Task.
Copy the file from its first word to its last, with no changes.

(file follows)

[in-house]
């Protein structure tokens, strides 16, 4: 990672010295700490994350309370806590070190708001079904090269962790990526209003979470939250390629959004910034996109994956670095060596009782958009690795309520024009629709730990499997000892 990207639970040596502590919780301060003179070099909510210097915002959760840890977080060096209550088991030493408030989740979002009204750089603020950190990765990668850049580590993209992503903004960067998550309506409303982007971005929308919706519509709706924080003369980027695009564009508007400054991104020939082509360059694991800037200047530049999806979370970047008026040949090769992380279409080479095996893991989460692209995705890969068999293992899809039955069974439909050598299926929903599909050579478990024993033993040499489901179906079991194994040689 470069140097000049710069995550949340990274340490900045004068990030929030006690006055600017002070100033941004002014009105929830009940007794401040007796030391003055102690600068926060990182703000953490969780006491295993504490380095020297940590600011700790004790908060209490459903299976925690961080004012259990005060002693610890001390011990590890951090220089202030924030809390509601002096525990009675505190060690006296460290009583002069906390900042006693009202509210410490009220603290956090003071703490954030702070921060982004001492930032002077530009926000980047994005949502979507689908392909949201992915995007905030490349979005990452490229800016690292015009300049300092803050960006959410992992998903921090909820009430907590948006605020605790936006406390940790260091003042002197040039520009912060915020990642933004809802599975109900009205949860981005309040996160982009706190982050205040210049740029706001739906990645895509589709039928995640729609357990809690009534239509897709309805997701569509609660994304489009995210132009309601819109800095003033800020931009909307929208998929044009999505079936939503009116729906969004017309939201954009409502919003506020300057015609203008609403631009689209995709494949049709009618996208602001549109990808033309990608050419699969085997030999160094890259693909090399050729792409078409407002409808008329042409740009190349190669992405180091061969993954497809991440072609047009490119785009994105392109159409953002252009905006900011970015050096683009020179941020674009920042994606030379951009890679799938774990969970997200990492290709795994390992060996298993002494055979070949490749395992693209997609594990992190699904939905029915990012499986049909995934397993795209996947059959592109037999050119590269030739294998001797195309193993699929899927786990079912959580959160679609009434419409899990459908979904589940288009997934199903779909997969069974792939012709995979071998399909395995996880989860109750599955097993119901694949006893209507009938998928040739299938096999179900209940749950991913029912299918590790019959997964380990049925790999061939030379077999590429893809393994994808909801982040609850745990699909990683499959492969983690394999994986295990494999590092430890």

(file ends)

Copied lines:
[in-house]
């Protein structure tokens, strides 16, 4: 990672010295700490994350309370806590070190708001079904090269962790990526209003979470939250390629959004910034996109994956670095060596009782958009690795309520024009629709730990499997000892 990207639970040596502590919780301060003179070099909510210097915002959760840890977080060096209550088991030493408030989740979002009204750089603020950190990765990668850049580590993209992503903004960067998550309506409303982007971005929308919706519509709706924080003369980027695009564009508007400054991104020939082509360059694991800037200047530049999806979370970047008026040949090769992380279409080479095996893991989460692209995705890969068999293992899809039955069974439909050598299926929903599909050579478990024993033993040499489901179906079991194994040689 470069140097000049710069995550949340990274340490900045004068990030929030006690006055600017002070100033941004002014009105929830009940007794401040007796030391003055102690600068926060990182703000953490969780006491295993504490380095020297940590600011700790004790908060209490459903299976925690961080004012259990005060002693610890001390011990590890951090220089202030924030809390509601002096525990009675505190060690006296460290009583002069906390900042006693009202509210410490009220603290956090003071703490954030702070921060982004001492930032002077530009926000980047994005949502979507689908392909949201992915995007905030490349979005990452490229800016690292015009300049300092803050960006959410992992998903921090909820009430907590948006605020605790936006406390940790260091003042002197040039520009912060915020990642933004809802599975109900009205949860981005309040996160982009706190982050205040210049740029706001739906990645895509589709039928995640729609357990809690009534239509897709309805997701569509609660994304489009995210132009309601819109800095003033800020931009909307929208998929044009999505079936939503009116729906969004017309939201954009409502919003506020300057015609203008609403631009689209995709494949049709009618996208602001549109990808033309990608050419699969085997030999160094890259693909090399050729792409078409407002409808008329042409740009190349190669992405180091061969993954497809991440072609047009490119785009994105392109159409953002252009905006900011970015050096683009020179941020674009920042994606030379951009890679799938774990969970997200990492290709795994390992060996298993002494055979070949490749395992693209997609594990992190699904939905029915990012499986049909995934397993795209996947059959592109037999050119590269030739294998001797195309193993699929899927786990079912959580959160679609009434419409899990459908979904589940288009997934199903779909997969069974792939012709995979071998399909395995996880989860109750599955097993119901694949006893209507009938998928040739299938096999179900209940749950991913029912299918590790019959997964380990049925790999061939030379077999590429893809393994994808909801982040609850745990699909990683499959492969983690394999994986295990494999590092430890």